The situation then reached crisis point. The mother was admitted to hospital with liver failure and alcoholic hepatitis (inflammation). A doctor reported that her chances of survival were just 50:50.

Meanwhile the children flew over to the Gold Coast in Queensland to stay with relatives. Unable to reach them, the father emailed the mother’s family, saying:

I am out of my head with worry as I don’t know anything, nor have I been able to reach them for the last week, or especially this weekend upon being informed of the intended move… I am very concerned for the welfare of my children, as I am worried that [the mother] may be abusing substances once again”.

The mother’s brother, who had become increasingly worried about his sister, got in touch with the father and made arrangements for the children to fly back to England to be with him.

If the mother survived, she would need a lengthy period of treatment, perhaps as long as nine months. The mother was “extremely distressedat the thought of the father looking after the children for such a lengthy period but realised she had little choice but to agree, as the only alternative was for the youngsters to go into the Australian care system.

She signed a form agreeing that they could fly to England to stay for a period up to one year. The father acknowledge receipt but claimed he had never agreed to the children returning after a year.

“As far as he was concerned, he was involved in crisis management and his only intention at that stage was to ensure the children’s safety and wellbeing.”

The grandmother accompanied the children back to England in August 2014 and they have remained here ever since.

“The father says that they were very thin and pale when they arrived and were generally unkempt and had little knowledge of personal hygiene routines. He describes them then as being “clearly troubled” and “showing real symptoms of long term neglect”. “

The mother survived her illness. She was discharged from hospital and entered rehab. By November last year, she had been free from drugs and alcohol for a full 14 months and no longer showed signs of the depression she had previously battled.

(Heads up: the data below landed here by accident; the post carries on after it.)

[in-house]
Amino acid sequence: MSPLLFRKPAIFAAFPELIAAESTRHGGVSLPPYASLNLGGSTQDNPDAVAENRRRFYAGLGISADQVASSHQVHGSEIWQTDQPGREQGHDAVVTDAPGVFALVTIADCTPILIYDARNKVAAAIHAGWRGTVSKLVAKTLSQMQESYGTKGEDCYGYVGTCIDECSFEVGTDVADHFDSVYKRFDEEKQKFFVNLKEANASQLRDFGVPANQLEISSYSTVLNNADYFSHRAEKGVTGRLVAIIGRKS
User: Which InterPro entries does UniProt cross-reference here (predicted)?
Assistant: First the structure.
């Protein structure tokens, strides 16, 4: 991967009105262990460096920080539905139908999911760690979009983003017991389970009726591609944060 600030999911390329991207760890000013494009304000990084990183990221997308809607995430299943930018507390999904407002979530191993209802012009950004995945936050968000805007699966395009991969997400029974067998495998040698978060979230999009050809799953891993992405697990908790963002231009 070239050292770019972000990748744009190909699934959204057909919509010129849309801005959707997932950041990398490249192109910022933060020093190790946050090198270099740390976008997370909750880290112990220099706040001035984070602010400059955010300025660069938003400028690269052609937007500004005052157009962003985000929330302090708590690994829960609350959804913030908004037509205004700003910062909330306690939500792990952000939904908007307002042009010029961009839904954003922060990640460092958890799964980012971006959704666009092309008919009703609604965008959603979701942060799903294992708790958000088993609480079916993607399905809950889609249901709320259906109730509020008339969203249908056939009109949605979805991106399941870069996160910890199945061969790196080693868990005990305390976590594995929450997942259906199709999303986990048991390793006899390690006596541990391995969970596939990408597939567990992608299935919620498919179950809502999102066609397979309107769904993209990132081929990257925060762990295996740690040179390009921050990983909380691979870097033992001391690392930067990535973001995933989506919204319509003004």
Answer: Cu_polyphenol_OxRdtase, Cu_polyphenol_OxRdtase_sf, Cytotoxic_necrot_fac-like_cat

She has now left the rehab unit and is living in a one bedroom flat with government assistance. She is on a priority waiting list for a three bedroom property if and when the children are returned to her care.

The mother applied for the return of the children, under the Hague Convention on the Civil Aspects of International Child Abduction.

She admitted that a return to Australia would mean further disruption to the children’s education, but said she was quite willing to undergo drug testing and even unannounced visits by social services in order to demonstrate that she had overcome her problems and was now capable of properly caring for her son and daughter. She is still undergoing counselling.

In a detailed judgement, Mrs Justice Roberts considered the facts of the case. The children had quickly adjusted to their new lives with their father and were doing well in English schools.

The older boy, ‘J’, sent his mother a Facebook message asking to be brought back to Australia, but Mrs Justice Roberts concluded that it had been a simple expression of loyalty to his mother. When asked directly, J insisted that he wanted to say in England with his father.

The Judge concluded that the children, now thoroughly settled with their father, had acquired habitual residence in England. Consequently, the father’s retention of the children in England beyond the initial one year term had not a breach of the Convention, which is focused on the return of children to the country in which they are habitually resident. Therefore the mother’s application was dismissed.

The ruling is available here.

The blog team at Stowe is a group of writers based across our family law offices who share their advice on the wellbeing and emotional aspects of divorce or separation from personal experience. As well as pieces from our family law solicitors, guest contributors also regularly contribute to share their knowledge.